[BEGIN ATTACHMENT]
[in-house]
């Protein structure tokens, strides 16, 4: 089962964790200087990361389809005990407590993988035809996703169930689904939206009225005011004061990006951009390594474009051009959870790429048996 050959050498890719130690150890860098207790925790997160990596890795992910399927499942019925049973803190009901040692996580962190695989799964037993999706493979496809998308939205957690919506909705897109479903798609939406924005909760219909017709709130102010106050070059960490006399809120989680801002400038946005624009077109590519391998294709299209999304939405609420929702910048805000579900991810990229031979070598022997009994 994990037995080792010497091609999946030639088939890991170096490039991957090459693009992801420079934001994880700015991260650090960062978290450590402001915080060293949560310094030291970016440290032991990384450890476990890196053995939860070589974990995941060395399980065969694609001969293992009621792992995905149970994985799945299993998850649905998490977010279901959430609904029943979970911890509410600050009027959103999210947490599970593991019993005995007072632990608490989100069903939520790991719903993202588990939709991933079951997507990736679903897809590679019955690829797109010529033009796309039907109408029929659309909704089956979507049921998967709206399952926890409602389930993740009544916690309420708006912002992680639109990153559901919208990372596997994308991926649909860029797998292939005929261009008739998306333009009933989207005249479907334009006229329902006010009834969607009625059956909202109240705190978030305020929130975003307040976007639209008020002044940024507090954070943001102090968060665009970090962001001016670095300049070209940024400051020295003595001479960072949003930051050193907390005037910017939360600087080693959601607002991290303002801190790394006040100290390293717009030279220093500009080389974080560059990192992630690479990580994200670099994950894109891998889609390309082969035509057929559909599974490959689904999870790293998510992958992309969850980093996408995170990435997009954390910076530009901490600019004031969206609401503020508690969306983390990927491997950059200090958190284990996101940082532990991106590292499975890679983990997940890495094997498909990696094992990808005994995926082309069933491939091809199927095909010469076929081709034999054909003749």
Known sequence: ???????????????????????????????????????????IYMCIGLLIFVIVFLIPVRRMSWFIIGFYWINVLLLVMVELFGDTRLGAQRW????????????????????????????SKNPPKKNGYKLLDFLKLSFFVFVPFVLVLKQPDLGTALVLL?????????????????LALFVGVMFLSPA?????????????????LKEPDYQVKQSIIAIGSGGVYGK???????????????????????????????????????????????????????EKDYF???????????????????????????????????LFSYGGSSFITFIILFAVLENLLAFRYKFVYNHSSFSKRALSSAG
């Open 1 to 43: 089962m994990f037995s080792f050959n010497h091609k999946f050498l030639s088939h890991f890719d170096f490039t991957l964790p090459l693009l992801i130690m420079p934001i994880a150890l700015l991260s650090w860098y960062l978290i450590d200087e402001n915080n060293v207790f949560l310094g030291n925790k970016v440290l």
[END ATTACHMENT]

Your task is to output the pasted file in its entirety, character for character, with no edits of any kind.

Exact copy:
[in-house]
């Protein structure tokens, strides 16, 4: 089962964790200087990361389809005990407590993988035809996703169930689904939206009225005011004061990006951009390594474009051009959870790429048996 050959050498890719130690150890860098207790925790997160990596890795992910399927499942019925049973803190009901040692996580962190695989799964037993999706493979496809998308939205957690919506909705897109479903798609939406924005909760219909017709709130102010106050070059960490006399809120989680801002400038946005624009077109590519391998294709299209999304939405609420929702910048805000579900991810990229031979070598022997009994 994990037995080792010497091609999946030639088939890991170096490039991957090459693009992801420079934001994880700015991260650090960062978290450590402001915080060293949560310094030291970016440290032991990384450890476990890196053995939860070589974990995941060395399980065969694609001969293992009621792992995905149970994985799945299993998850649905998490977010279901959430609904029943979970911890509410600050009027959103999210947490599970593991019993005995007072632990608490989100069903939520790991719903993202588990939709991933079951997507990736679903897809590679019955690829797109010529033009796309039907109408029929659309909704089956979507049921998967709206399952926890409602389930993740009544916690309420708006912002992680639109990153559901919208990372596997994308991926649909860029797998292939005929261009008739998306333009009933989207005249479907334009006229329902006010009834969607009625059956909202109240705190978030305020929130975003307040976007639209008020002044940024507090954070943001102090968060665009970090962001001016670095300049070209940024400051020295003595001479960072949003930051050193907390005037910017939360600087080693959601607002991290303002801190790394006040100290390293717009030279220093500009080389974080560059990192992630690479990580994200670099994950894109891998889609390309082969035509057929559909599974490959689904999870790293998510992958992309969850980093996408995170990435997009954390910076530009901490600019004031969206609401503020508690969306983390990927491997950059200090958190284990996101940082532990991106590292499975890679983990997940890495094997498909990696094992990808005994995926082309069933491939091809199927095909010469076929081709034999054909003749």
Known sequence: ???????????????????????????????????????????IYMCIGLLIFVIVFLIPVRRMSWFIIGFYWINVLLLVMVELFGDTRLGAQRW????????????????????????????SKNPPKKNGYKLLDFLKLSFFVFVPFVLVLKQPDLGTALVLL?????????????????LALFVGVMFLSPA?????????????????LKEPDYQVKQSIIAIGSGGVYGK???????????????????????????????????????????????????????EKDYF???????????????????????????????????LFSYGGSSFITFIILFAVLENLLAFRYKFVYNHSSFSKRALSSAG
């Open 1 to 43: 089962m994990f037995s080792f050959n010497h091609k999946f050498l030639s088939h890991f890719d170096f490039t991957l964790p090459l693009l992801i130690m420079p934001i994880a150890l700015l991260s650090w860098y960062l978290i450590d200087e402001n915080n060293v207790f949560l310094g030291n925790k970016v440290l």